West Coast Fishing Concern
26th July 2012
The Scottish Government is considering urgent action to address exceptionally high levels of prawn fishing activities in the West of Scotland.
Recent months have seen a shift of vessels that normally fish for prawns in the North Sea, where prawns have been scarce this year, moving to the West causing much greater fishing activity than expected.
While quota is projected to last the year and overall prawn fishing is at a similar level to 2011 and 2010, the displacement means the annual 'time at sea' constraints for the West Coast - the set limits for each geographic area under the EU's Cod Recovery Plan - will be breached without action being taken. This would result in the early closure of the fishery.
Fisheries Secretary Richard Lochhead said:"We want to do all we can to ensure that fishermen can catch their quotas, however the unprecedented prawn fishing pressures in the West has put that at risk. Therefore I've instructed my officials to urgently explore measures to remedy the situation.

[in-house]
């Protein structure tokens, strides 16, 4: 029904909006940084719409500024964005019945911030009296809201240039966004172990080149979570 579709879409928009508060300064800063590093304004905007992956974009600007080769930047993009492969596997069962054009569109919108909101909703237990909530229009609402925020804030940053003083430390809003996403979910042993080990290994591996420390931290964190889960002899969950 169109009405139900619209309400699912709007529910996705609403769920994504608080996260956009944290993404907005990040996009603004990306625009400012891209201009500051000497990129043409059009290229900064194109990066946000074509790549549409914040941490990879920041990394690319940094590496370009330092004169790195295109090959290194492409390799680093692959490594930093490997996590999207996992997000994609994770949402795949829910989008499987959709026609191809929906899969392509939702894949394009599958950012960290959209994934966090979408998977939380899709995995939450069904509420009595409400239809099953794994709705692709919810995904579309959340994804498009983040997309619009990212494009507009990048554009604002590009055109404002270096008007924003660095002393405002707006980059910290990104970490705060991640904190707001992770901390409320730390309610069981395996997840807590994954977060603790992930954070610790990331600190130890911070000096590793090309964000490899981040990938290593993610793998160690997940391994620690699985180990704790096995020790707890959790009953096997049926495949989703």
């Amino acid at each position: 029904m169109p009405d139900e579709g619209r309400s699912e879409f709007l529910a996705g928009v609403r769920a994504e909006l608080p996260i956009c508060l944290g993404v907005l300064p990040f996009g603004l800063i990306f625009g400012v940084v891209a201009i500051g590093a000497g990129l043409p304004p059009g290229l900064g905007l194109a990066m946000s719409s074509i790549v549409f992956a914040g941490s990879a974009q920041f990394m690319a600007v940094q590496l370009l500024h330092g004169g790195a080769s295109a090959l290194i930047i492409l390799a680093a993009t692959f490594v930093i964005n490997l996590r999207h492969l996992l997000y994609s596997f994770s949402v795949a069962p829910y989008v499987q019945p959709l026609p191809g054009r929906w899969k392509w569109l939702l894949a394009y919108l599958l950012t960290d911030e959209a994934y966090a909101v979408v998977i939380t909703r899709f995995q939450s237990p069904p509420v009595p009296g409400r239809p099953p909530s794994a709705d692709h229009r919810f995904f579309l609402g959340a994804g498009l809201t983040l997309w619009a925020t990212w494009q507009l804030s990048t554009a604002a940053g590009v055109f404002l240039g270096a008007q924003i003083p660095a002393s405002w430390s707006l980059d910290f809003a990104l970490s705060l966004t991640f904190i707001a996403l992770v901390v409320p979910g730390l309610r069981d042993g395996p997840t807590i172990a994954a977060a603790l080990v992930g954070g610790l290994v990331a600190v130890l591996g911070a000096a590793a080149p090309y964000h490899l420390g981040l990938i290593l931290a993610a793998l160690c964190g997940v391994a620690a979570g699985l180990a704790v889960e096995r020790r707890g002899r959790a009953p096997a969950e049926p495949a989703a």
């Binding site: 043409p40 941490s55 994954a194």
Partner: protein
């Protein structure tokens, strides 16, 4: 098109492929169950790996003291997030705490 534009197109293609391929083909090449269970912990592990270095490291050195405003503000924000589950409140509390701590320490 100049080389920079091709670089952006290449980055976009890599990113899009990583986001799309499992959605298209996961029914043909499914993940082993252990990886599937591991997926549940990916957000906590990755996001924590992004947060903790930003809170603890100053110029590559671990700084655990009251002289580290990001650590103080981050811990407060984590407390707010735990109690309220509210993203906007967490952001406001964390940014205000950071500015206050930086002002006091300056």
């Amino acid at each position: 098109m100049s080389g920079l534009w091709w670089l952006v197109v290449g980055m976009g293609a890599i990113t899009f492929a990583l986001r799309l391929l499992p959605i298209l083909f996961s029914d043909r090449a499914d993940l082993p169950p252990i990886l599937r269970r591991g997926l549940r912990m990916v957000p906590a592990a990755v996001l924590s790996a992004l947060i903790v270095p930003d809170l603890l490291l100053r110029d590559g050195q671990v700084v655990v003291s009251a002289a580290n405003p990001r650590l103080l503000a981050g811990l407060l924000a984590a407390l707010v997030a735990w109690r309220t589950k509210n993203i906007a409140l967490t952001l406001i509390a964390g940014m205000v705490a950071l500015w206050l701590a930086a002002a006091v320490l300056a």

"Biological factors mean that prawns have been late appearing in the North Sea - but EU measures as part of the Cod Recovery Plan are too inflexible to make allowances for this unexpected development.
"Clearly we want to see West Coast fishermen able to fish their local waters, therefore we are proposing to temporarily restrict access for North Sea vessels so that a full year's fishery in the west can be maintained. This will mean the fleet has the time to catch its full quota.
"I have received a full report about the situation from Marine Scotland who are urgently consulting with industry so that we have temporary controls in place as soon as possible. I recognise the deep concerns of the industry about this issue and we will continue to carefully monitor developments."